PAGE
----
With Adult ADHD You are 6 Times More Likely to Have A Co-Occuring Disorder!

Adult ADHD Blogger and up-coming author Jeff Emmerson has experienced anxiety and resulting depression from his ADHD behaviours.

Adult ADHD Blogger and up-coming author Jeff Emmerson has experienced anxiety and resulting depression from his ADHD behaviours. In fact, the co-existing conditions drove him to a suicide attempt.

By Jeff Emmerson

Today’s post makes total sense to me, but it was also an eye-opener, one that society needs to become aware of. Anxiety, depression and other possible conditions can easily present themselves during a life with ADHD. As I read last week, we’ve got a 6 times greater chance of a co-existing condition than those without ADHD. How important is this? Critical! After my near-suicide in 2011, I became painfully aware of what anxiety and depression were doing to my life. I finally saw the light: the behaviours I repeated every week were driving me to a gradual demise through self-sabotage. I ended up trying to hang myself, I’d had SO much frustration because of the God-damned adult ADHD I was battling, and it was time to end the “racing machine” in my head – suicide would finally put a permanent end to it! But then, I saved myself, and now I use that fierce determination to help raise adult ADHD awareness worldwide.

The hard part is getting diagnosed to start with, that is where 90% of people who actually have this condition are still in the dark. From there, awareness can be awakened as far as “what the heck are the other possible condition(s) I’m dealing with?” is concerned. The whole point of my working so hard to raise awareness and finish my up-coming memoir is to open eyes across the world so that the ignorance through a sheer lack of knowledge can gradually come to an end. Just the other day, I actually had a medical doctor say “I hope you overcome your ADHD, and let others know it isn’t contagious.” – What the hell? I still hope that wasn’t actually a doctor on Twitter, because that was an absolutely retarded thing to say to put it very mildly. Jesus, I thought to myself – “I have many years of work to do!”

Comic relief aside (that DID really happen, though), if you or someone you know has adult ADHD, please beware that there may be a co-existing disorder in your midst, one that may still be in disguise as ADHD. The more we raise awareness, the more lives will be saved, and the better people will live those lives with the education they need to truly prosper by managing any negative symptoms and making the most of their passions! That’s exactly what I’m doing now, and I promise not to stop as long as I’m breathing! This mission to build awareness for adults battling ADHD has given me a whiole new direction in my life – one which is so hugely rewarding and in honor of my brother Ryan, as well as my own near-death experience. Once you look death in the eye and sit right beside each other for a few moments, you’re changed forever. That I can tell you very clearly. I said no to death that day, thank God. Now, I’m going to help others to have their own version of an “awakening” through awareness, a diagnosis, and hope for an entirely new life, knowing what they will as a result of having their eyes opened.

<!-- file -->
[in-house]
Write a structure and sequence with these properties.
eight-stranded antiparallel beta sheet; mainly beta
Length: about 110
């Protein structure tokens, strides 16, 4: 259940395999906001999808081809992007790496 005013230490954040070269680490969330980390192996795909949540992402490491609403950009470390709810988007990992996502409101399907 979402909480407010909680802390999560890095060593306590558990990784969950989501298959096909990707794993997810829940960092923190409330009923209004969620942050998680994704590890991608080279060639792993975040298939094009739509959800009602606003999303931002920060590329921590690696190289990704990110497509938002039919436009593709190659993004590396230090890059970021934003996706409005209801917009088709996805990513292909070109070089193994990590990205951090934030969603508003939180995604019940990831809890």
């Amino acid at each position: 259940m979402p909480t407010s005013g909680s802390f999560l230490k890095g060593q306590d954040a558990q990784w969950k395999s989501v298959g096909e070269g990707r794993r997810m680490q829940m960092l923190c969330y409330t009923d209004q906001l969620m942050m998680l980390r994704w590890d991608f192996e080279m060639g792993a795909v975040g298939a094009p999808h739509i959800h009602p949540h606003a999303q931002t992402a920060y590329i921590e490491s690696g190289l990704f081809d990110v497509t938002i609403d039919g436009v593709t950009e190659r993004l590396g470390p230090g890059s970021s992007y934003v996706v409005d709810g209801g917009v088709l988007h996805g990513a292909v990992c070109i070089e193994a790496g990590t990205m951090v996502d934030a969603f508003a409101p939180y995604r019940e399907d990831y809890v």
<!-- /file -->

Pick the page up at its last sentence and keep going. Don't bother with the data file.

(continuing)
3 thoughts on “With Adult ADHD You are 6 Times More Likely to Have A Co-Occuring Disorder!

  1. Jeff, How do you differentiate if you have ADD or if your behaviors come from being a child of an alcoholic family? After reading a book on a woman who has ADD (Zoe Kessler), I was convinced I have ADD. Now, my therapist thinks I should read about ACOA and AA and how this can affect one and them later in life. Is it possible to have ADD and have problems associated with being an adult child of an alcoholic? I wish I could get an answer from someone who specializes in it but I have had no luck finding someone to ask for some help understanding this. I still believe I have ADD as I also have anxiety and depression. Good on you for sharing this with the world and your story!

    1. Hi, Daina – I’m not familiar with ACOA, so I can’t speak to it, obviously, but ADD falls under ADHD now, it’s simply a variation as far as the latest “lingo” is concerned. As far as being the child of alcoholics, do you mean fetal alcohol syndrome, or something completely different?

      Zoe is a great person, and we have chatted a couple times. She’s definitely an inspiration to me for doing what she has (especially for women). I would say to get second and third opinions from psychologists/psychiatrists. That, and do more research on the alcohol aspect. ULTIMATELY, however, write down your exact symptoms and the behaviours that are interefering with your day to day success and enjoyment in life, and seek ways to manage each of them. That appears to be the real key here, whatever “label” we put on it.

      I hope that helps! We’re all in this together. Feel free to reach out anytime.

      - Jeff

      1. Thanks Jeff. If you do speak to Zoe, I would love to get in touch with her as she had a great psychiatrist to help her which for some reason did not respond to my phone call when I called his office? Not sure if he is still practicing? I will do more research and see what I can find. I seem very alone in this process as everyone looks at me like I have 3 eyes when I say I think I may have ADD. Yes, we are definetly all in this together. I will keep in touch. Daina

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